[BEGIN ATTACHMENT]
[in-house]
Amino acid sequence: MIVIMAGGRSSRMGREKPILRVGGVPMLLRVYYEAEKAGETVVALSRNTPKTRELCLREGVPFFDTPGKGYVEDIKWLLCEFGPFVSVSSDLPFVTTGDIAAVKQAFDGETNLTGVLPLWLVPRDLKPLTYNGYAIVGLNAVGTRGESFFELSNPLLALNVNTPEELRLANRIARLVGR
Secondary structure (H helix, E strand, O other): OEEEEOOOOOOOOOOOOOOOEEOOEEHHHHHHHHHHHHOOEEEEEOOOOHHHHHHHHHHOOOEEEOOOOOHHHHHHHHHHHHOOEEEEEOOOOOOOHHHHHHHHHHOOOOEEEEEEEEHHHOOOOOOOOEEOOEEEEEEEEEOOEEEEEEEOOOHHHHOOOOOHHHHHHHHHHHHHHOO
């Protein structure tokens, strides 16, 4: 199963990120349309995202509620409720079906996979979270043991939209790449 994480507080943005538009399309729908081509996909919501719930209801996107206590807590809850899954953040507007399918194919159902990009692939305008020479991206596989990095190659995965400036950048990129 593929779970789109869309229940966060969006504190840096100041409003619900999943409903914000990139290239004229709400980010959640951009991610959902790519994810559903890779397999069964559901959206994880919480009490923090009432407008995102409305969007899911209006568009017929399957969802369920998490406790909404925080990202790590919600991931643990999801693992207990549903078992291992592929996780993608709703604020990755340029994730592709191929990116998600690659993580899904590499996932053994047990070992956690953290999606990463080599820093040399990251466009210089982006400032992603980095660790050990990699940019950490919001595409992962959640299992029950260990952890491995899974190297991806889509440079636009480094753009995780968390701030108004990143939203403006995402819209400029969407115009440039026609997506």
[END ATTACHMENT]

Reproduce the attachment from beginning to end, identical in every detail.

[in-house]
Amino acid sequence: MIVIMAGGRSSRMGREKPILRVGGVPMLLRVYYEAEKAGETVVALSRNTPKTRELCLREGVPFFDTPGKGYVEDIKWLLCEFGPFVSVSSDLPFVTTGDIAAVKQAFDGETNLTGVLPLWLVPRDLKPLTYNGYAIVGLNAVGTRGESFFELSNPLLALNVNTPEELRLANRIARLVGR
Secondary structure (H helix, E strand, O other): OEEEEOOOOOOOOOOOOOOOEEOOEEHHHHHHHHHHHHOOEEEEEOOOOHHHHHHHHHHOOOEEEOOOOOHHHHHHHHHHHHOOEEEEEOOOOOOOHHHHHHHHHHOOOOEEEEEEEEHHHOOOOOOOOEEOOEEEEEEEEEOOEEEEEEEOOOHHHHOOOOOHHHHHHHHHHHHHHOO
């Protein structure tokens, strides 16, 4: 199963990120349309995202509620409720079906996979979270043991939209790449 994480507080943005538009399309729908081509996909919501719930209801996107206590807590809850899954953040507007399918194919159902990009692939305008020479991206596989990095190659995965400036950048990129 593929779970789109869309229940966060969006504190840096100041409003619900999943409903914000990139290239004229709400980010959640951009991610959902790519994810559903890779397999069964559901959206994880919480009490923090009432407008995102409305969007899911209006568009017929399957969802369920998490406790909404925080990202790590919600991931643990999801693992207990549903078992291992592929996780993608709703604020990755340029994730592709191929990116998600690659993580899904590499996932053994047990070992956690953290999606990463080599820093040399990251466009210089982006400032992603980095660790050990990699940019950490919001595409992962959640299992029950260990952890491995899974190297991806889509440079636009480094753009995780968390701030108004990143939203403006995402819209400029969407115009440039026609997506």